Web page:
Since its first publication in 1897 Bram Stoker’s tale of mystery, romance and vampires, Dracula, has become ingrained in popular culture through not only the novel but plays, movies, comic books or re-versioning of the titular count in any media you care to name and, in going back to the source text, it is clear why.
Telling the story of the ancient vampire’s attempts to spread his wings to Victorian London and the efforts of a group of men and women to foil his plans, Dracula’s basis is a rather simple tale of good versus evil.
The evil is an ultimate one, in Count Dracula, who, having escaped apparent seclusion and exile in the mountains of Transylvania has his sights set on, seemingly, taking over the taking over the world by turning the general populace into vampires. At least this is what is hinted at by Dr Van Helsing, the stories defacto vampire expert and hunter (thankfully nothing like Hugh Jackman’s more recent take on the character).
The good is embodied, ultimately, in Mina Harker, backed by a group of men all intent on avenging the death of mutual friend and ridding the world of the vampire for good and it is here that the plot, for the most part, hinges.
The story could easily have come to be at any time – it’s this timeless feel that, in part, explains its longevity. The manner of its telling, though, firmly places it in its period and, for the most part, does so in a way that heightens the tension and drama while adding something different to the basic plot.
This device is a series of diary entries and letters between the main members of the ‘cast’ (for want of a better word) that really help in bringing the late Victorian world to life.
In this we see a busy western Europe emerging into a world of new technology but still fighting the older ways that were then (and in many ways remain) its foundation – something reflected in the story as a whole.
So we get entries supposedly in plain pen and ink, typewriter, telegram and even phonograph while speedy travel between Whitby, Exeter, London and Amsterdam is commonplace, which paints a picture of a bustling, connected world.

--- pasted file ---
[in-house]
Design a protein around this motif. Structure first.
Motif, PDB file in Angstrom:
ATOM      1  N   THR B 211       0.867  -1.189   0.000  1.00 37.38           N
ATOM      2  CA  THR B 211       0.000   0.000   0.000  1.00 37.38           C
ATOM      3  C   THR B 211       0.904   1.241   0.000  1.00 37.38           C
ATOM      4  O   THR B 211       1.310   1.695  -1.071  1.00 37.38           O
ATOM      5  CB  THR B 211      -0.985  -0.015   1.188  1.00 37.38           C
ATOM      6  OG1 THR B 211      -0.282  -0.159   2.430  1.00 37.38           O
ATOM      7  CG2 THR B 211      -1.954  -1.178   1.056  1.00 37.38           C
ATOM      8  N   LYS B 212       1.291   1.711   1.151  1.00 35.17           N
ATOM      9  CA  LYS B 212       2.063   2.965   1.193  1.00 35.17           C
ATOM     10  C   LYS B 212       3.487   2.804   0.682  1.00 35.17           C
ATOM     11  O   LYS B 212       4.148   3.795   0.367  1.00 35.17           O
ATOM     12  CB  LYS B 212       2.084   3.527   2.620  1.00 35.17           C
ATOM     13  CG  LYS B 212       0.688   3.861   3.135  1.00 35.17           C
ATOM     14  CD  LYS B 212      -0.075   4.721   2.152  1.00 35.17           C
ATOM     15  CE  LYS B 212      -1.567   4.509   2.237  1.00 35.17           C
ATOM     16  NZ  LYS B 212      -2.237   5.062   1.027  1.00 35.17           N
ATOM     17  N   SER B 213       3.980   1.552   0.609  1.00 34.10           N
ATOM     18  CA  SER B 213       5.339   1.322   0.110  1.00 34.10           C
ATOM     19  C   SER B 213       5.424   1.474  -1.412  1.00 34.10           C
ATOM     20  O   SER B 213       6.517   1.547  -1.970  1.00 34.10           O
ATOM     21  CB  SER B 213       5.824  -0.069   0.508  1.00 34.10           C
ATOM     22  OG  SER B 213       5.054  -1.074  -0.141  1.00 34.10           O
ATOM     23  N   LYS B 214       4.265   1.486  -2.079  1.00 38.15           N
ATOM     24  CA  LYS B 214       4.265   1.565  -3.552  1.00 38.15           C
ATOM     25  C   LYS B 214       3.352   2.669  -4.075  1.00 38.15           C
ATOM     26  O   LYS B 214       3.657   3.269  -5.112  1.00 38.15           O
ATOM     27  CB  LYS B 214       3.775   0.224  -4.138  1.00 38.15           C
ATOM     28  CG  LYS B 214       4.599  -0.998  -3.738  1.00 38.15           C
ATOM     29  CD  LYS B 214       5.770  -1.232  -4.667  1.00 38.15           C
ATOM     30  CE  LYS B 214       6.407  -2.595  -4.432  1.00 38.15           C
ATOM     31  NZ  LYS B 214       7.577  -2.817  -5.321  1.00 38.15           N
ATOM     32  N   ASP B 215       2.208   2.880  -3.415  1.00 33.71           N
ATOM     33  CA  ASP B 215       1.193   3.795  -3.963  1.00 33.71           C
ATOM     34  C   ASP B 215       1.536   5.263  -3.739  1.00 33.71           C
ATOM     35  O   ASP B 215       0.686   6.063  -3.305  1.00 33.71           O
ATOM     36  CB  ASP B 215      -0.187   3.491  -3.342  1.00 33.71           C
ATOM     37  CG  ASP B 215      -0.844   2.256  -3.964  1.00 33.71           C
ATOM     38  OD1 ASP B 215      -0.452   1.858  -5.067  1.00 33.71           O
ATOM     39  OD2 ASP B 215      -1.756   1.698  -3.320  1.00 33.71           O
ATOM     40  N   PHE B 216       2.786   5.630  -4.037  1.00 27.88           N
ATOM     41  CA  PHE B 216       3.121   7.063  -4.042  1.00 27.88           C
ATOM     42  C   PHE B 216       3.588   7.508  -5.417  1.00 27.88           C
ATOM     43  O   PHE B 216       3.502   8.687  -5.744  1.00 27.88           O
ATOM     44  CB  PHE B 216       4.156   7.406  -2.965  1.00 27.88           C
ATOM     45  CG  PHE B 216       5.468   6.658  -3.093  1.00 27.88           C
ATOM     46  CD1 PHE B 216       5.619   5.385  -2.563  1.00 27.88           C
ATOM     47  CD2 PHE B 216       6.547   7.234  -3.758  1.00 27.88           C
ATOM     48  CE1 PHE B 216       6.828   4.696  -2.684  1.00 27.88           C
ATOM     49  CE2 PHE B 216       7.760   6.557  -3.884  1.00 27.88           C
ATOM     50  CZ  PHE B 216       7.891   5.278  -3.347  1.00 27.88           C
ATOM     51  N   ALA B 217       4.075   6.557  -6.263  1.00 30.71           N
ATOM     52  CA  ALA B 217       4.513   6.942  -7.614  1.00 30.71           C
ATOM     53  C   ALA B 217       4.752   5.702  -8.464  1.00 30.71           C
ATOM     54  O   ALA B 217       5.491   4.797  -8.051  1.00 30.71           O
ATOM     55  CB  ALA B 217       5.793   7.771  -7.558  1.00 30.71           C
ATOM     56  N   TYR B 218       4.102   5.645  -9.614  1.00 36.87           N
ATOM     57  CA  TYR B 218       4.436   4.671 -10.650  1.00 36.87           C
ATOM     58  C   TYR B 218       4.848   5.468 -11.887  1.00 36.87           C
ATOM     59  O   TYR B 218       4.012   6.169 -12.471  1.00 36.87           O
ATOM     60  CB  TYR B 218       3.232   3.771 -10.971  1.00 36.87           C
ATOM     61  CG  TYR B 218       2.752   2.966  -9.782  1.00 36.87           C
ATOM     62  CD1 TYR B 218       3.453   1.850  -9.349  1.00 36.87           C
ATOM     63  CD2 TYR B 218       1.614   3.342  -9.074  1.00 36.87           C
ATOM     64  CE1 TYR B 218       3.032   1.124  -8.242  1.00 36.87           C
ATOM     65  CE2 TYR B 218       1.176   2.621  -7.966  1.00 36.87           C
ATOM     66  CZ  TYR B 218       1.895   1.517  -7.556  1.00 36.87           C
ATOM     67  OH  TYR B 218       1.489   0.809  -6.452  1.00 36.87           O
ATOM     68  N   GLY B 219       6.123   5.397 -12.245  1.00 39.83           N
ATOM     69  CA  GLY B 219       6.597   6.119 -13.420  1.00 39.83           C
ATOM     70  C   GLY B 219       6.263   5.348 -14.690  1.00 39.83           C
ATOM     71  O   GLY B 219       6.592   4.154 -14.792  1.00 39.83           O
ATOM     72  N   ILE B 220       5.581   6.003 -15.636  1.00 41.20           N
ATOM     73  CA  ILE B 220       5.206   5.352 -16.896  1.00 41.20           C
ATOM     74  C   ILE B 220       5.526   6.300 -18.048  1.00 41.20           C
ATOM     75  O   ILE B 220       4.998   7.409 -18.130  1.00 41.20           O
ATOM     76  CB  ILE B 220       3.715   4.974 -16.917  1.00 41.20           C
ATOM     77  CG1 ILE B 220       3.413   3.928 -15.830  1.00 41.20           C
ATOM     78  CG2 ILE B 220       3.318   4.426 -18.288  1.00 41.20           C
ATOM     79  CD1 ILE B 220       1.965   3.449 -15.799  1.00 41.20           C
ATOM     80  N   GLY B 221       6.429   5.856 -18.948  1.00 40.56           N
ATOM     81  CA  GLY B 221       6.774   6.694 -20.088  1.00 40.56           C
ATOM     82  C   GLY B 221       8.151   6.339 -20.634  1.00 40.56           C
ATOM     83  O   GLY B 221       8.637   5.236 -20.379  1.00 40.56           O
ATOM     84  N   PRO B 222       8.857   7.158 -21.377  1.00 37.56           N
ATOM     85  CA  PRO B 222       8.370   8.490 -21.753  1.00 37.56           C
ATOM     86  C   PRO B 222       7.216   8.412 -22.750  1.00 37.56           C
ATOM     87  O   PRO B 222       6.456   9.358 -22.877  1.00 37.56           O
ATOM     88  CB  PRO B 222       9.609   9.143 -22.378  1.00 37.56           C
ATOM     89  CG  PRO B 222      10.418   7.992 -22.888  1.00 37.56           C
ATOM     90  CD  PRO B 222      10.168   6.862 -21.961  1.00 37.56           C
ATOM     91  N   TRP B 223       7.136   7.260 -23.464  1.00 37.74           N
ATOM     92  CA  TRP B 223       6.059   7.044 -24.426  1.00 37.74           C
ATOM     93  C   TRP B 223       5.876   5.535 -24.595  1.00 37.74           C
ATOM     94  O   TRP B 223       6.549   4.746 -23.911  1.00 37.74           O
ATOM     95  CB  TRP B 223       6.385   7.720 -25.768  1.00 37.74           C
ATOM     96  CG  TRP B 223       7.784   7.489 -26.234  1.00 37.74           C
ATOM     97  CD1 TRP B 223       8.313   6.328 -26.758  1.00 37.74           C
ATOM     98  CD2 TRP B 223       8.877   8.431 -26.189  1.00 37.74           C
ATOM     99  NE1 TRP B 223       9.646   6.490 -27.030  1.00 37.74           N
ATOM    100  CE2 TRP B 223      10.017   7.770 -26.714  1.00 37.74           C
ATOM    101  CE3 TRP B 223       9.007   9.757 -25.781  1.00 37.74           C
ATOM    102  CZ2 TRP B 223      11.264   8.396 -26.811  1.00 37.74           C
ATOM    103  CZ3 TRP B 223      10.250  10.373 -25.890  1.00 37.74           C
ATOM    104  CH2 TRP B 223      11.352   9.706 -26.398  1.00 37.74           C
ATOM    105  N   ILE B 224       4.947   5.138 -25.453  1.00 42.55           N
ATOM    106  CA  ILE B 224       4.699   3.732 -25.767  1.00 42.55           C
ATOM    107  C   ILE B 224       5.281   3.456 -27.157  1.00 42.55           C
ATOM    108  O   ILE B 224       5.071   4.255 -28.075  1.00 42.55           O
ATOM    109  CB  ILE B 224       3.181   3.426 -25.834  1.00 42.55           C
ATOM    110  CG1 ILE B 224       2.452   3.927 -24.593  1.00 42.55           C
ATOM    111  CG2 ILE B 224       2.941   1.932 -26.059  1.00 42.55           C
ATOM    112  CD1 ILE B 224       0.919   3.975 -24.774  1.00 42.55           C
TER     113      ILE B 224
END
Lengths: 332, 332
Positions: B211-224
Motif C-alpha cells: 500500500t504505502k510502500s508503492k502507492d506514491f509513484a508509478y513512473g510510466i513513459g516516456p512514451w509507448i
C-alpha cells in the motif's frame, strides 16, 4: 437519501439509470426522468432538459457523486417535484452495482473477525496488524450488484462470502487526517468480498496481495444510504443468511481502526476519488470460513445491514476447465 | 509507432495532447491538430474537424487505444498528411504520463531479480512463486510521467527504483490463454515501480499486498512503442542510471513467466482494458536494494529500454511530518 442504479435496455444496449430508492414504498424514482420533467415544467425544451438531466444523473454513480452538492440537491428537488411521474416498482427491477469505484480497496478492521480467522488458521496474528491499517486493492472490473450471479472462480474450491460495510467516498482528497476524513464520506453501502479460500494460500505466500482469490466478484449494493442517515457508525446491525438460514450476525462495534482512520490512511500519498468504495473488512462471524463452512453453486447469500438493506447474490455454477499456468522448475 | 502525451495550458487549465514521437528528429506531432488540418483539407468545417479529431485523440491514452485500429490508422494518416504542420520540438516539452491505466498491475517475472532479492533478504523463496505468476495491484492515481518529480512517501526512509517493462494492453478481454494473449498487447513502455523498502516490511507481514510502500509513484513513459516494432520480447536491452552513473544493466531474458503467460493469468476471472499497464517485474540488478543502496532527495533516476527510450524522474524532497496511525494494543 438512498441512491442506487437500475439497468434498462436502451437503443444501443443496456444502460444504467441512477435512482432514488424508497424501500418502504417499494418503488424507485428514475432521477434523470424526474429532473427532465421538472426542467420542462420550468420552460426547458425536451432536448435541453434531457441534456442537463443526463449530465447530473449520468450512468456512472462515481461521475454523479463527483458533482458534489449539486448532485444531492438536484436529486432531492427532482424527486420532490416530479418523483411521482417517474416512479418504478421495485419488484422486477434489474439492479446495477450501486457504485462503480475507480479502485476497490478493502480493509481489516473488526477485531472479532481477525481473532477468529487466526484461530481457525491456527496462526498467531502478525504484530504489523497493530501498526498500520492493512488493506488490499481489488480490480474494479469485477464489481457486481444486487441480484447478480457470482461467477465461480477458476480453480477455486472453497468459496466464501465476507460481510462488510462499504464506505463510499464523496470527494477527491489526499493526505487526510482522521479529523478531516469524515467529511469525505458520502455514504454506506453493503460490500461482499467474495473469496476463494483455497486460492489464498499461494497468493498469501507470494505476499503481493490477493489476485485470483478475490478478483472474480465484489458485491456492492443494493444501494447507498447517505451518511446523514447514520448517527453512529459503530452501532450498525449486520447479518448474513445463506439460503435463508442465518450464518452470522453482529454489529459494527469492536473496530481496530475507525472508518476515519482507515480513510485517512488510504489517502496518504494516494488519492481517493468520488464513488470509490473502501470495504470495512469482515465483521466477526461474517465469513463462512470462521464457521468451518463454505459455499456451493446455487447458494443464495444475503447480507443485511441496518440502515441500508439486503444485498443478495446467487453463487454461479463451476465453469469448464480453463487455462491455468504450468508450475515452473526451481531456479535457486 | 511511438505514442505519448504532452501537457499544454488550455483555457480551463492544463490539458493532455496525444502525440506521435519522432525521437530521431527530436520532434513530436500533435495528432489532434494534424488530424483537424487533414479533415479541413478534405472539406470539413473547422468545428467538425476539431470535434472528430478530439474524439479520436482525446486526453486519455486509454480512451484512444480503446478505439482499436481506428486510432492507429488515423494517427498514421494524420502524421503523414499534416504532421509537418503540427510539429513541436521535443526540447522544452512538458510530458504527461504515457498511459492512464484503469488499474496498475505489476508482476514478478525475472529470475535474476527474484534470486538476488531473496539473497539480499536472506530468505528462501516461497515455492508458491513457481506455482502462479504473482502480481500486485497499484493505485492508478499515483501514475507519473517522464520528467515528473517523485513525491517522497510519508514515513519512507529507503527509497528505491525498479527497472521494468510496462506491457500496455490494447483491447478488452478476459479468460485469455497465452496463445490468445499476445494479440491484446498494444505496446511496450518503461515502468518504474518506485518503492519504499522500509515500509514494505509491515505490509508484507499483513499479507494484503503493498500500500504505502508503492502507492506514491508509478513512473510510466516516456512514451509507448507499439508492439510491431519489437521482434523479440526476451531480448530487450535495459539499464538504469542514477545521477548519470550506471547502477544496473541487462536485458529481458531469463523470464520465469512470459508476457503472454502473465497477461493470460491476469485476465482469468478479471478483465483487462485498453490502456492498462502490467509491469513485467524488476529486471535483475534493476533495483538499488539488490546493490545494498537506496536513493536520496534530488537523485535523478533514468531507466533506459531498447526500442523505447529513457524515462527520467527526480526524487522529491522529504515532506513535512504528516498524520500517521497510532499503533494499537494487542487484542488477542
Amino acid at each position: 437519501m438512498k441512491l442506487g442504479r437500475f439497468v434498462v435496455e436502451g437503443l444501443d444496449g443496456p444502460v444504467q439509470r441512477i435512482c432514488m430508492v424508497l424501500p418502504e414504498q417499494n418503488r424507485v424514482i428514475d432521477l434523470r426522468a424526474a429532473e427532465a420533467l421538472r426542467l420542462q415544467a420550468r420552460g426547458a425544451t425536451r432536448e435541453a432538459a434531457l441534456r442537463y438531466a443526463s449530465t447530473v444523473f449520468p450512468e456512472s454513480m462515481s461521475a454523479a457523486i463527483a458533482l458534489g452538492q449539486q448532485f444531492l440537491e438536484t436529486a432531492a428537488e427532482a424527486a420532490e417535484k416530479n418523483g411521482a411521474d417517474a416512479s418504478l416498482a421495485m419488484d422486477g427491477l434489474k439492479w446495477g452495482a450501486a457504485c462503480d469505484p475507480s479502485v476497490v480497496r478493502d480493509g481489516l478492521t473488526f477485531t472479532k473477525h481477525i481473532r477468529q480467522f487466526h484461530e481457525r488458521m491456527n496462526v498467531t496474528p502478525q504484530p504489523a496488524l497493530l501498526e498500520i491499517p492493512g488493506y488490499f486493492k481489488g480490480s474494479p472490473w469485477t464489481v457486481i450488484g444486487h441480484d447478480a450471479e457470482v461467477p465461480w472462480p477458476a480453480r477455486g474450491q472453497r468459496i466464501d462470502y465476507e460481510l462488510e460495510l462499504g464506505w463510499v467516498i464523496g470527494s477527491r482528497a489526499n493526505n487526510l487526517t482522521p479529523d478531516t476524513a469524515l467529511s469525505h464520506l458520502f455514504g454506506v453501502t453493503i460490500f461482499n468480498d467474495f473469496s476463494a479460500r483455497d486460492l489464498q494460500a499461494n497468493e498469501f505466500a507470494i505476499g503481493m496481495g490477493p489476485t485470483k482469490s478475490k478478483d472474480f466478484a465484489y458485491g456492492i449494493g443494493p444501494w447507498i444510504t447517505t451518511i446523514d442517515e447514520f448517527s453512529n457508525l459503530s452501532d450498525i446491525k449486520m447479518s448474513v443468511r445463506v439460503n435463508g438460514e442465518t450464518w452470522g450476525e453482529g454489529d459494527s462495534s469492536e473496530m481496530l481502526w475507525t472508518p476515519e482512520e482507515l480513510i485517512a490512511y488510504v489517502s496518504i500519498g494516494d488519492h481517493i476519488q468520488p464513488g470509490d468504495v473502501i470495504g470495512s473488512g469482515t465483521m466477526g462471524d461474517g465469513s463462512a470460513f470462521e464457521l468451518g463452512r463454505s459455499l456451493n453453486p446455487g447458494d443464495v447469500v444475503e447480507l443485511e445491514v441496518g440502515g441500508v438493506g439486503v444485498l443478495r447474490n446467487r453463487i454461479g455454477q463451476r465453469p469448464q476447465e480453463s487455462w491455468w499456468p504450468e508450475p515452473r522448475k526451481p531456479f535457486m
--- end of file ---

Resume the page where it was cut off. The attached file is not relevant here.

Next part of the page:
This is counterpointed by Dracula’s preferred (by conventional necessity) modes of transport of horse and cart and sailing ship that suggest Stoker was a fan of modern technologies but recognised they were not the solution to everything – something embodied by Van Helsing’s methods.
While the diary form is entirely plausible for most of the book, in its climactic scenes it stretches to breaking point as the characters make it clear they are writing as it goes, rather than after the fact. This helps keep up suspense, but is a little unbelievable even in context, though that is a small niggle in a genuinely riveting chase sequence that makes up the ‘third act’ of the book.
While there are a few points across the book where the style of language is a bit staid in comparison to modern styles, and reminded me somewhat of the way Dickens wrote, Dracula holds up well to modern comparison and some of the horror and the issues hinted at feel particularly current.
These issues, ranging everything from religion to gender to sexuality to race and more, depending on what the reader brings to the story, are another aspect that has kept the book alive in the popular imagination so consistently.
On top of everything the final triumph of Dracula is that Stoker used it to pull together centuries of fiction, myth and legend from around the world into something that, if the past century is anything to go by, won’t soon be forgotten.